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Arnold and General Robertson

From Diary of the American Revolution, Vol II.  Compiled by Frank Moore and published in 1859.

October 23.—On Arnold’s arrival in New York, the sagacious great ones supposed, that upon paying particular attention to the villain, they would lessen his crimes in the eyes of the world, and introduce him to the notice of their circle, without which they foresaw he must sink into obscurity and contempt. He was accordingly in appearance caressed by all in power, and General Robertson’s house fixed upon for his residence. Whenever he chose to ride, the different aids in rotation attended him in his promenade, which gave rise to the following anecdote: One morning when it was General Robertson’s aid’s tour, he remonstrated with the general against it, and showed evident marks of reluctance to go upon that piece of duty. The general desired to know the reason. The aid honestly confessed, that to be seen attending such a scoundrel through the streets, very much injured his feelings. To which old Jemmy, pulling up his breeches, replied, “Hut! hut! mun, and what think you of my feelings?”1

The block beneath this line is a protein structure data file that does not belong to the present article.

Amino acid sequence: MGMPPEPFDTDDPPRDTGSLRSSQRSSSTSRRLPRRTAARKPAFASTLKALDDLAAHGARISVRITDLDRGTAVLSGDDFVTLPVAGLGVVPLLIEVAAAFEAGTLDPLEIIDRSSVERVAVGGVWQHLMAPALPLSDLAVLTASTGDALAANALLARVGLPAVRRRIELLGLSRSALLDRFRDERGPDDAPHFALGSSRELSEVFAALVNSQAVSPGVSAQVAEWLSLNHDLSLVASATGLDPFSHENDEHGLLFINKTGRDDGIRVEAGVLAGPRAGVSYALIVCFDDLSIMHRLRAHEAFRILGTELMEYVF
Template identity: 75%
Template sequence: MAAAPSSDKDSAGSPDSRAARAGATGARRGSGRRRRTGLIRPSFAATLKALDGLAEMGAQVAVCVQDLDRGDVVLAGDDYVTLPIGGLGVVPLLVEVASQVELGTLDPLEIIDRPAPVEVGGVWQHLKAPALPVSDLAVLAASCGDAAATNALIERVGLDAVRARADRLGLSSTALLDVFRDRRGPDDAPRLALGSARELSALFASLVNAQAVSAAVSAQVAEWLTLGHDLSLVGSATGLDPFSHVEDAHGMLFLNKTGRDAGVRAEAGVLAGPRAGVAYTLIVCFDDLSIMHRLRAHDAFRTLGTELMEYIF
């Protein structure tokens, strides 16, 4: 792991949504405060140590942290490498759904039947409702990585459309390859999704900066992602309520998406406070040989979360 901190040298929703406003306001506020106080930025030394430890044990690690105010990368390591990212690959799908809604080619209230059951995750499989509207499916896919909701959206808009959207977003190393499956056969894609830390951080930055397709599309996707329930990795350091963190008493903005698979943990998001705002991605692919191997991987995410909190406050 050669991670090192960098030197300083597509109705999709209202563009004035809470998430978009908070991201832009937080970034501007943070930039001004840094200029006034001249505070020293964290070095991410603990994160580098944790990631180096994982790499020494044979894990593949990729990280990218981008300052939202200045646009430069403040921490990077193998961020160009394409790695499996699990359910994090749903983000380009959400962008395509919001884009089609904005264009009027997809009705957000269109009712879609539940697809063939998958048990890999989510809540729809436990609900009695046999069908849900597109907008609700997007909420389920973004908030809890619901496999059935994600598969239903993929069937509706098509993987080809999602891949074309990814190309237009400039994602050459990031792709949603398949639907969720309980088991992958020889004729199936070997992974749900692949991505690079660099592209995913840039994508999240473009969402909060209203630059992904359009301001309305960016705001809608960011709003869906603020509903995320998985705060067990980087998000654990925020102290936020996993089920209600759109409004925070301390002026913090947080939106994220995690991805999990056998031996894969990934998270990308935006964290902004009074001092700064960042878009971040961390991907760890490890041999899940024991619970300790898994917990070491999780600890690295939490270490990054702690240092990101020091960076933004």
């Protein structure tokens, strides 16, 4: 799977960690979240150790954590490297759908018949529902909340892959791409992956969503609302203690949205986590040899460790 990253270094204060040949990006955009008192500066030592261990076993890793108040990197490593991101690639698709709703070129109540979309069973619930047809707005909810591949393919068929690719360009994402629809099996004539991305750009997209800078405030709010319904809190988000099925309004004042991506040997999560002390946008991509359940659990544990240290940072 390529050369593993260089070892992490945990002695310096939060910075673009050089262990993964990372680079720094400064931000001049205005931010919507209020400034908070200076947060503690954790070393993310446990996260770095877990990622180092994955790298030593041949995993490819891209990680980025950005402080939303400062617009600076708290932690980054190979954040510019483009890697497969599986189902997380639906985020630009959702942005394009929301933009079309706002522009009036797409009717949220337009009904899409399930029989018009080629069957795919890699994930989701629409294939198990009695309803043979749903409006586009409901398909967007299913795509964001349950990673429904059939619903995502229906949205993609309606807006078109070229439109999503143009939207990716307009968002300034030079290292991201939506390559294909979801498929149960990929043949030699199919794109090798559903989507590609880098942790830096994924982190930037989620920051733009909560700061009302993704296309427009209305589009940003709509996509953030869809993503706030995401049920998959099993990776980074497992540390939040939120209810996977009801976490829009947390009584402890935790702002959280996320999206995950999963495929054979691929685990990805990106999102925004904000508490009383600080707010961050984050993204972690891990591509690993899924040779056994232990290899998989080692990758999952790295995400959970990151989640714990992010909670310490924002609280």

1 New Jersey Journal, Jan. 31, 1781.

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